The Brave New Russian World (A Six Part Series)

brown and gray concrete building during daytime

Winston Churchill famously said: “Russia is a riddle wrapped in a mystery inside an enigma.” Any effort to understand Russian foreign and domestic policy, its overall strategy and, most importantly, the motivations that drive all decisions, all leads to one particular individual:  Russian President Vladimir Putin, whose number one priority is to remain in power. The events that caused the dethroning of Mubarak and Gaddafi galvanized his actions to remain in the Kremlin indefinitely.  

In the coming weeks, Fortress International staff will cover six areas of particular interest and provide a holistic overview of the current events. They are neither exhaustive scholarly theses, nor do they claim to be. Rather, they are meant to provoke opportunities for different ideas and viewpoints in the areas of:

The Russian Empire, the U.S.S.R., and now the Russian Federation each had to deal with unique sets of perceived social, political, and cultural challenges posed by a multitude of ethnic groups and nation states on their periphery. Russian leaders have developed a variety of methods to face these challenges, ranging from outright Russification to complex efforts of fostering regional ethnic or national identities. Oftentimes, these policies coexisted and were tailored to whatever region they were implemented in. Following the collapse of the U.S.S.R., two important lessons were drawn from the previous decades.

First, there is no benefit from prolonged war. The extended arms race with the U.S. drained the fragile and inefficient Soviet economy, therefore accelerating the inevitable implosion of an economy that was based on unrealistic planning and plagued by a bloated bureaucracy. The Soviet misadventure in Afghanistan added to the process, albeit it was only one of the many conflicts within Moscow’s sphere of influence.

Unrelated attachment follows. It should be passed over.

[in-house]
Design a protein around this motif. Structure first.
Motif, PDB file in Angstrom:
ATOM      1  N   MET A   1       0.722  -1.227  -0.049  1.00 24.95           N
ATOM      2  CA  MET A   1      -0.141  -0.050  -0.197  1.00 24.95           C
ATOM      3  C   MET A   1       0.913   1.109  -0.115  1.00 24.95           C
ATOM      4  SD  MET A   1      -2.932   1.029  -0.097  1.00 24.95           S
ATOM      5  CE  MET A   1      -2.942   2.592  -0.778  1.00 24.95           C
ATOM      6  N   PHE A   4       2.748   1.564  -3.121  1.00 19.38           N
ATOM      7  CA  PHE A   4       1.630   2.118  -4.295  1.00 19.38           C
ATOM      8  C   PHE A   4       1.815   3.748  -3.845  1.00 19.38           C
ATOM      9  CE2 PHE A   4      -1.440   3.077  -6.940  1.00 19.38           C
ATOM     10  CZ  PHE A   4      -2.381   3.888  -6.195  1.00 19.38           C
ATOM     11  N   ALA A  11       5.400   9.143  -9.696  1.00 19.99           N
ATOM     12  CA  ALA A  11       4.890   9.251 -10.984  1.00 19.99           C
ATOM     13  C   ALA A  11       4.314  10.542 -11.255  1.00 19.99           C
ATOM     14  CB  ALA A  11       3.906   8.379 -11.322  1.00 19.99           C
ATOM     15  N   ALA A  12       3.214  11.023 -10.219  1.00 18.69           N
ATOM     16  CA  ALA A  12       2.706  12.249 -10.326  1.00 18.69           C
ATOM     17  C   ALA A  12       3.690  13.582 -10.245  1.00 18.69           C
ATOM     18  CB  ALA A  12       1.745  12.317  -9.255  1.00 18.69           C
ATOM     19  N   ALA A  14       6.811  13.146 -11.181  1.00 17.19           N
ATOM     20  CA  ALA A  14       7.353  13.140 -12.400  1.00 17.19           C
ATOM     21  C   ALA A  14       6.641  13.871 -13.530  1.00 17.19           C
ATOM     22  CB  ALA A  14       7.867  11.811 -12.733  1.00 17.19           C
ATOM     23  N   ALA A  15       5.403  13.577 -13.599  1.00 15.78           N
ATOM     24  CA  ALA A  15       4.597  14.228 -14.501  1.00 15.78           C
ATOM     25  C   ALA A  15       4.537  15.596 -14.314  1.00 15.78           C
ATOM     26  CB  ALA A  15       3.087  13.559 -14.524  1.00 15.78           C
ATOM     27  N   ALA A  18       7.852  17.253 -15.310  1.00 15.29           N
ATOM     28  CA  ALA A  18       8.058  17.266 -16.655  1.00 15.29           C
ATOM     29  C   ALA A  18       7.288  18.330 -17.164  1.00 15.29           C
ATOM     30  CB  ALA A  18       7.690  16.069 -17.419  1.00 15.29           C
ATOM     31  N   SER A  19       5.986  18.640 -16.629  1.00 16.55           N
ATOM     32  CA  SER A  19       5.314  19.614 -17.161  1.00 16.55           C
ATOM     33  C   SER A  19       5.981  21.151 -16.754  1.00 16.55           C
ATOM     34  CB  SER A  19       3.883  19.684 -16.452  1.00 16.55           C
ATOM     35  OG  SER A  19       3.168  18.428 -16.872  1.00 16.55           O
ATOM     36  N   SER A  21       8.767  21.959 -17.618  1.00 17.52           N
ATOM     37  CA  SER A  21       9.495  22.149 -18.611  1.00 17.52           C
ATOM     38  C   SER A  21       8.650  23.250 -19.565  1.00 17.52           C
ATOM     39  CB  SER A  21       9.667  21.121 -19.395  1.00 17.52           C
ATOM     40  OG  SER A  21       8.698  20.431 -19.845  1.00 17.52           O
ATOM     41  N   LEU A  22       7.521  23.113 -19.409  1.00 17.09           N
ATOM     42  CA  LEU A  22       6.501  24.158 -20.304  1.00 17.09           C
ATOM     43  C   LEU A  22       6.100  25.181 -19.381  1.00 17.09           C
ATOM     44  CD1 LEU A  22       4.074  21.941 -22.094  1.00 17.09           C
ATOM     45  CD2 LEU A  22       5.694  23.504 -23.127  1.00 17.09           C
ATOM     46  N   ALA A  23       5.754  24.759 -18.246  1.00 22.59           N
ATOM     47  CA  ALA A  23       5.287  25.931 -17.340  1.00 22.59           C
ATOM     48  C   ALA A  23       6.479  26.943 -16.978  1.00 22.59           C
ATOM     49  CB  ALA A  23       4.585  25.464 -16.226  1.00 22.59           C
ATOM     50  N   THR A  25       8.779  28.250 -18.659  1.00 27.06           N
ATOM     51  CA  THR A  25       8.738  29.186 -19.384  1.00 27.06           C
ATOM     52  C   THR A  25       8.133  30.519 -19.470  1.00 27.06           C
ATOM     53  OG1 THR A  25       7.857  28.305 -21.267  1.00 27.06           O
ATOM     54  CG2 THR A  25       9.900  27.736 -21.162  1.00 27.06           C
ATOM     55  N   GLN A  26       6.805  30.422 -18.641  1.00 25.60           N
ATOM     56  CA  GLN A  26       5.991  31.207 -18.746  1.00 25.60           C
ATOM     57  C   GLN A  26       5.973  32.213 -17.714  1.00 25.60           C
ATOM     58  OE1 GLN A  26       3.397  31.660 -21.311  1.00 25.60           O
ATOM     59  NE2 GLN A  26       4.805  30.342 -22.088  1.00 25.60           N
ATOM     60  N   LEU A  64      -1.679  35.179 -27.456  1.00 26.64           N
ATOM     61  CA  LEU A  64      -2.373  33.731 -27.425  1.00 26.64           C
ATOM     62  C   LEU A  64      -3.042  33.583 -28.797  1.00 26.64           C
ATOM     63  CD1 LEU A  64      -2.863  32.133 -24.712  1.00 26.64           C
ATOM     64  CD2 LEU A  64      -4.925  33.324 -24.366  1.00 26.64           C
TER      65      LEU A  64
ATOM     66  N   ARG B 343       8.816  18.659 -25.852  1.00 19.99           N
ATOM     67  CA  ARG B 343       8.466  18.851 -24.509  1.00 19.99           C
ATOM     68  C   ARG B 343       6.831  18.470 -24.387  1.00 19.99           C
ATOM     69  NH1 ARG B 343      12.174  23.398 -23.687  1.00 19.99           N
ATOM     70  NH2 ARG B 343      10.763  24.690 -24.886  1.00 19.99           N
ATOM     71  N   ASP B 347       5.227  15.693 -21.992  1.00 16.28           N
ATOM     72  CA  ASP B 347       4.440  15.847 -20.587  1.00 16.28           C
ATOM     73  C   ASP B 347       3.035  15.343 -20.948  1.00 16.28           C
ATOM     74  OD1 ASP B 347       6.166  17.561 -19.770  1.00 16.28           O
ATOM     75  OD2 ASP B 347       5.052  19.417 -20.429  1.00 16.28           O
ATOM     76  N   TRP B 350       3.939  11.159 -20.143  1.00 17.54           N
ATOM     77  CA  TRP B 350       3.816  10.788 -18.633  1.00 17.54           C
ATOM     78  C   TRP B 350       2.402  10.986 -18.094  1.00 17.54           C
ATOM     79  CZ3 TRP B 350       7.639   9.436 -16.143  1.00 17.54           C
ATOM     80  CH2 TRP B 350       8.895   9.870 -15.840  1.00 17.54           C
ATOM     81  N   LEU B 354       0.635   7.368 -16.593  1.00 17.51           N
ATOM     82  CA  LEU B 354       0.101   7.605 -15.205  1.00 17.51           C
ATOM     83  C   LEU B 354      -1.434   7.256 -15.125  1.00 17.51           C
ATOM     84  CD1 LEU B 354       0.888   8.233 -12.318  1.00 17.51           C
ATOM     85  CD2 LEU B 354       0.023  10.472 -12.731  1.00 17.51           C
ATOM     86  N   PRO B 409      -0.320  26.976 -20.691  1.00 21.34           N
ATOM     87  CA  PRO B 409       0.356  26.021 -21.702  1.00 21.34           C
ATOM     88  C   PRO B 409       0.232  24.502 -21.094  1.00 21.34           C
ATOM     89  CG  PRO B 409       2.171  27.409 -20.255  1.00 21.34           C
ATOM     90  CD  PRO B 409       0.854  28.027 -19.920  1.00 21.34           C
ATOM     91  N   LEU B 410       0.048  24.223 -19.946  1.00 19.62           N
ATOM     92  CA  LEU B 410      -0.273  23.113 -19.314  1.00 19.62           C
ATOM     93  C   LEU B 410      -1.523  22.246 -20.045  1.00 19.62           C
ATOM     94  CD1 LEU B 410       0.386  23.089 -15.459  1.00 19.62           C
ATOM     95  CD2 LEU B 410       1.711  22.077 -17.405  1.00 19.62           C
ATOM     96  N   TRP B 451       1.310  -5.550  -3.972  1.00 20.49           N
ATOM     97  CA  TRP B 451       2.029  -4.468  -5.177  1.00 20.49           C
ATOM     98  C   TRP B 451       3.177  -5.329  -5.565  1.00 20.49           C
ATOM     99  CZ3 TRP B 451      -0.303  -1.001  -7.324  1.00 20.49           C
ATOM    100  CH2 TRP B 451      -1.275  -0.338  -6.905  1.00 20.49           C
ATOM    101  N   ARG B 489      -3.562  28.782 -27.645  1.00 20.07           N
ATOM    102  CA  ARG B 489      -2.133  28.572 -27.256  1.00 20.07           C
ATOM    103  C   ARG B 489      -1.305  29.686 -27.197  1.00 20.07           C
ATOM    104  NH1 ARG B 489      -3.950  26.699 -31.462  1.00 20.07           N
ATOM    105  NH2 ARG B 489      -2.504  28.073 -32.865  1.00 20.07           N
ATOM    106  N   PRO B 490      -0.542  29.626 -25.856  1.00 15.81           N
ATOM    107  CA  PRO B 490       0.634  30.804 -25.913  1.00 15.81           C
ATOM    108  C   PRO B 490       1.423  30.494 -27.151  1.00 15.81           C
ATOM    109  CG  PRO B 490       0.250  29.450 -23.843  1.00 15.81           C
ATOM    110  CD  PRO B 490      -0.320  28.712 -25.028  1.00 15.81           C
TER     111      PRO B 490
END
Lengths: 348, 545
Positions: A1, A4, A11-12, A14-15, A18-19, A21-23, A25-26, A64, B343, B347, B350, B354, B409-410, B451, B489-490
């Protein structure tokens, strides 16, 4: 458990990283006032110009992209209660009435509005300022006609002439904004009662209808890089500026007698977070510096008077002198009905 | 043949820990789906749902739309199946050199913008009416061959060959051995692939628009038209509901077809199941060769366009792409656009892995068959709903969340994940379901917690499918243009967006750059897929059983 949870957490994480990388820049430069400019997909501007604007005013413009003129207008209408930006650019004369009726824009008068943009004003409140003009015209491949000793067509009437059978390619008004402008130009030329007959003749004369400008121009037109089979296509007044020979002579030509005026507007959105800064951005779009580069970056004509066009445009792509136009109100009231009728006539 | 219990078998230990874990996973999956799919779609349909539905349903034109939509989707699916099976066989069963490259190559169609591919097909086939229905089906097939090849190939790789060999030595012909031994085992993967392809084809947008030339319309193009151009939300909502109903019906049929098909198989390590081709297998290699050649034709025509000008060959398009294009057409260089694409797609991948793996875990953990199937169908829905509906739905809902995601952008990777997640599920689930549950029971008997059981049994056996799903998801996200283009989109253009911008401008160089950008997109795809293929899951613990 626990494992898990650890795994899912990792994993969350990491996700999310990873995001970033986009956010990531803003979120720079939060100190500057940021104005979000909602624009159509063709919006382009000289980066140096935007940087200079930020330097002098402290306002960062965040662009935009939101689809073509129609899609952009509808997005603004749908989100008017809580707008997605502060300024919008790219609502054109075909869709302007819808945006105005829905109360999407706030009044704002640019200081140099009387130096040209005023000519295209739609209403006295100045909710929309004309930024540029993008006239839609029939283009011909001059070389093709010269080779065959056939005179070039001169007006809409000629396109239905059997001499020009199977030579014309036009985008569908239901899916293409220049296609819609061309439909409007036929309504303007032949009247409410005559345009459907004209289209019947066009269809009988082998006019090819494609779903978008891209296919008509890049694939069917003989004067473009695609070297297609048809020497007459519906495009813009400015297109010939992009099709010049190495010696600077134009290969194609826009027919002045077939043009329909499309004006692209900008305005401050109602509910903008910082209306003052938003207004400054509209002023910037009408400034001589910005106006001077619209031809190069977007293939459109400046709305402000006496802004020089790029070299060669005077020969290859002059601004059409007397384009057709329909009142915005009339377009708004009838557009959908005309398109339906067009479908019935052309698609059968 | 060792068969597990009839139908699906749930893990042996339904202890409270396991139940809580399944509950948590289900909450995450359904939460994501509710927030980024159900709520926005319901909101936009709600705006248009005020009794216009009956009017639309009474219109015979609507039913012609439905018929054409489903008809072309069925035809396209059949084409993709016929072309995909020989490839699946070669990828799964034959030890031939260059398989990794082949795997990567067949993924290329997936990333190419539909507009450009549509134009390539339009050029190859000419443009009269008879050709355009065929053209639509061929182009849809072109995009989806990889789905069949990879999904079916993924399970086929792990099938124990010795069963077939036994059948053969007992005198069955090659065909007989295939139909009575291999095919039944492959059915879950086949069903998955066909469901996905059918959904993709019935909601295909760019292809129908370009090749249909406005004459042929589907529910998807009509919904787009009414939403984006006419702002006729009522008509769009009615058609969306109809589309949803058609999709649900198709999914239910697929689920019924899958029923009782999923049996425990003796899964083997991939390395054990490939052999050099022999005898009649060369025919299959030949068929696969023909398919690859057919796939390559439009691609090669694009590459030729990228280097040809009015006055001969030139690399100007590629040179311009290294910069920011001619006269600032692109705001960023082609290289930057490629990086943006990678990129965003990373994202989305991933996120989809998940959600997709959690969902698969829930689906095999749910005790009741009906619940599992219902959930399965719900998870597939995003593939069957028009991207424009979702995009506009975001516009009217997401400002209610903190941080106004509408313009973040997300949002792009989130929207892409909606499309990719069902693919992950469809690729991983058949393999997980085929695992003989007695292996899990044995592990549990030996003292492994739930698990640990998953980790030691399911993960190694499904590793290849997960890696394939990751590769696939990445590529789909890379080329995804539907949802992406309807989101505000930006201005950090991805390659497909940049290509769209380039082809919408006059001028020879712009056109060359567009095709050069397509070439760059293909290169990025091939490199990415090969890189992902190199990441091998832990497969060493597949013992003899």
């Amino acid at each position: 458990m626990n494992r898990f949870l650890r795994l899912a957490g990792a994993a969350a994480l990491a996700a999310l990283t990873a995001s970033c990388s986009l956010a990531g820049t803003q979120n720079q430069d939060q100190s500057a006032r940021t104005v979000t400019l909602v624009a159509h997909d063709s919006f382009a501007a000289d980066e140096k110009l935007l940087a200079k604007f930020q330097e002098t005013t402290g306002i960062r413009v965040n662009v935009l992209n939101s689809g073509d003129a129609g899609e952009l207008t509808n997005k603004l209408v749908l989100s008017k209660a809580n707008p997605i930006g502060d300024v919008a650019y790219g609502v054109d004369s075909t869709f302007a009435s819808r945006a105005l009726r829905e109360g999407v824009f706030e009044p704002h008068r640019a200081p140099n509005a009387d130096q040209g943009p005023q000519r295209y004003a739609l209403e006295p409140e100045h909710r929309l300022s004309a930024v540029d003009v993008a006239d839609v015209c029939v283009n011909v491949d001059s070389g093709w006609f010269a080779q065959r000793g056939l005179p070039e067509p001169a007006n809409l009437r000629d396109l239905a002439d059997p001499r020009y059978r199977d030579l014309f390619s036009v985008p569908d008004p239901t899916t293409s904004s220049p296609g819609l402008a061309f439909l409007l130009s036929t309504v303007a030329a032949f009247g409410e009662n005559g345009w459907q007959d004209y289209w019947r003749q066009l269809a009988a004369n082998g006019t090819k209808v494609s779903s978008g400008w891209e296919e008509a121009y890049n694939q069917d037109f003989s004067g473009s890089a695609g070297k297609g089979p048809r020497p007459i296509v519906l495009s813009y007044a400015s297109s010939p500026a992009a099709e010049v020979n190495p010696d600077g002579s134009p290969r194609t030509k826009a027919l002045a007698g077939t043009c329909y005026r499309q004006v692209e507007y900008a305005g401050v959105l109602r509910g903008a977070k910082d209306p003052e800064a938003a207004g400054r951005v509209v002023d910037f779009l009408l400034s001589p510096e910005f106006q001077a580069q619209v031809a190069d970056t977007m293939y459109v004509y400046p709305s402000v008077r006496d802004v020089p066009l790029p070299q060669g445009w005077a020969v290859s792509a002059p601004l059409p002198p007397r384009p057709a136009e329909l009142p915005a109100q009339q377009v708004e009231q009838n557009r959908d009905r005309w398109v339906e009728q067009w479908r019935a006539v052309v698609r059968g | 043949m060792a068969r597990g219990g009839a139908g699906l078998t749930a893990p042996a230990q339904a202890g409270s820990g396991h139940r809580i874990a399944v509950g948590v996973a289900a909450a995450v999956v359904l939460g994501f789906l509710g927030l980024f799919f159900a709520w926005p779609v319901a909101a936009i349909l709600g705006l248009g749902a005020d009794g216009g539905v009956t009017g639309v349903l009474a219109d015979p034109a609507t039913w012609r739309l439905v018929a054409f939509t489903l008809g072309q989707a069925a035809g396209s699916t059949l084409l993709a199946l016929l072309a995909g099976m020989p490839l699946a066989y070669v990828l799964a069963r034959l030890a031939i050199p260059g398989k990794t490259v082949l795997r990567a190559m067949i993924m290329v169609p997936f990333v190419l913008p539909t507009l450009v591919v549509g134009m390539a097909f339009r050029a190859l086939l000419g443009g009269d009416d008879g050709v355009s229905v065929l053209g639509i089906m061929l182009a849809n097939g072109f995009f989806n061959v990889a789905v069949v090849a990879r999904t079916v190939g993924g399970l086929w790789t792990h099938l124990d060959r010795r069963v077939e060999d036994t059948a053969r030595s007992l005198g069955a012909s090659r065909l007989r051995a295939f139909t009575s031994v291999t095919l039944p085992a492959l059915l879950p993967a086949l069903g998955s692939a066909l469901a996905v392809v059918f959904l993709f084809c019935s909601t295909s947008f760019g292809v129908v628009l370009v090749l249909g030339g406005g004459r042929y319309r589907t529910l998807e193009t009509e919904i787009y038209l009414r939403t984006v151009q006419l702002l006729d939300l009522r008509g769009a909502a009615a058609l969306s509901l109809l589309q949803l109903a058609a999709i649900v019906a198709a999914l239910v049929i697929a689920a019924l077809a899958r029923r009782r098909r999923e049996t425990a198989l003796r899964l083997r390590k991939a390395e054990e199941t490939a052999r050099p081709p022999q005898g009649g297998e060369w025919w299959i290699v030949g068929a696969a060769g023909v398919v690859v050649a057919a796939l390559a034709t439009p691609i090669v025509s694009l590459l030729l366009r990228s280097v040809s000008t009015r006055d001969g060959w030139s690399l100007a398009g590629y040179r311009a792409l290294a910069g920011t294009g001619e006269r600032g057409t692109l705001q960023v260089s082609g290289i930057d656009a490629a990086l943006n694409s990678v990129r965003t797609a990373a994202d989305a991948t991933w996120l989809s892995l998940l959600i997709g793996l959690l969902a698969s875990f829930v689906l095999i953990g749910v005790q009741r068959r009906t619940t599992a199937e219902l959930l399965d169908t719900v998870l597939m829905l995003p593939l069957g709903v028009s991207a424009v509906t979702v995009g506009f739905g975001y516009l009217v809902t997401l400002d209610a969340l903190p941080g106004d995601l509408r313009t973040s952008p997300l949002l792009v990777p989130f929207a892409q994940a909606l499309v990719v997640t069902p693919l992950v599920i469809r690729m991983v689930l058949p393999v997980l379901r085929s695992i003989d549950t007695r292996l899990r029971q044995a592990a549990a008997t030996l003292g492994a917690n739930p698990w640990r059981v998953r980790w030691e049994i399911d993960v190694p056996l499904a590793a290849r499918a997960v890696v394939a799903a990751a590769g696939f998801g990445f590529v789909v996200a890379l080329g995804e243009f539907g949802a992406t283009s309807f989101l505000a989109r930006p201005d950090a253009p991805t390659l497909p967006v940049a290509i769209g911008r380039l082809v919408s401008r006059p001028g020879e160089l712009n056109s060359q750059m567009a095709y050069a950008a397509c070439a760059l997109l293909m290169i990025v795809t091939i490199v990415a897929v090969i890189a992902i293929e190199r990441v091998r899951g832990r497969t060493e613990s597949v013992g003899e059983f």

Second, in the midst of chaos, there is opportunity. This quote by Sun Tzu appears to be one of the guiding principles of the Putin government since the early 2000s. Whether one looks at the annexation of Crimea; the poisoning of former Russian military intelligence officer Sergei Skripal in the U.K.; military recruitment in Moldova by Russian “peacekeepers”; or meddling in Macedonian elections, Russia appears to have an interest in promoting instability. The ‘Question’ to ask of this is, for what gain? Sean McFate discusses in his book The New Rules of War, “[i]n shadow war, subversion is the strategy and plausible deniability the tactic. Rather than fight the forces of durable disorder, shadow wars harness them by creating chaos and using it. In other words, the essence of shadow war is to keep the enemy guessing.” 

It is important to remember that President Putin’s worldviews were shaped by the Cold War and he was trained by the Soviet KGB, an organization that was a mix between the Central Intelligence Agency (CIA) and the Federal Bureau of Investigation (FBI), which specialized in paranoia and repression. He is a man highly skilled in the art of Judo and using an opponent’s strengths against him. As it stands, the things that shaped him from early age to adulthood seem to have guided his actions towards the goal of staying in control, something he is fervently avoiding to lose. In traditional Judo teachings, the goal is to bring the opponent off-balance, hold the opponent down, and bend or twist the opponent’s arms or legs in such a way as to cause pain or fracture. In order to keep with people skilled at formulating enduring lessons: “Out of clutter, find simplicity. From discord, find harmony. In the middle of difficulty lies opportunity.” Albert Einstein. Chaos in Russia’s periphery provides an opportunity to shift the focus from the issues at home to the failings of other countries. It also opens the door for endeavors in foreign countries akin to an old Colonial Power. 

Jose Matemulane left his native Mozambique nearly two decades ago, and spent years studying politics with an emphasis on dynamics of mass consciousness, human development and geopolitics in St. Petersburg and saw the Russian soul. “The Russians have their own way of thinking different from the Western patterns,” Mr. Matemulane said. “I used to tell people: Russians are nothing else than white Africans, white blacks.”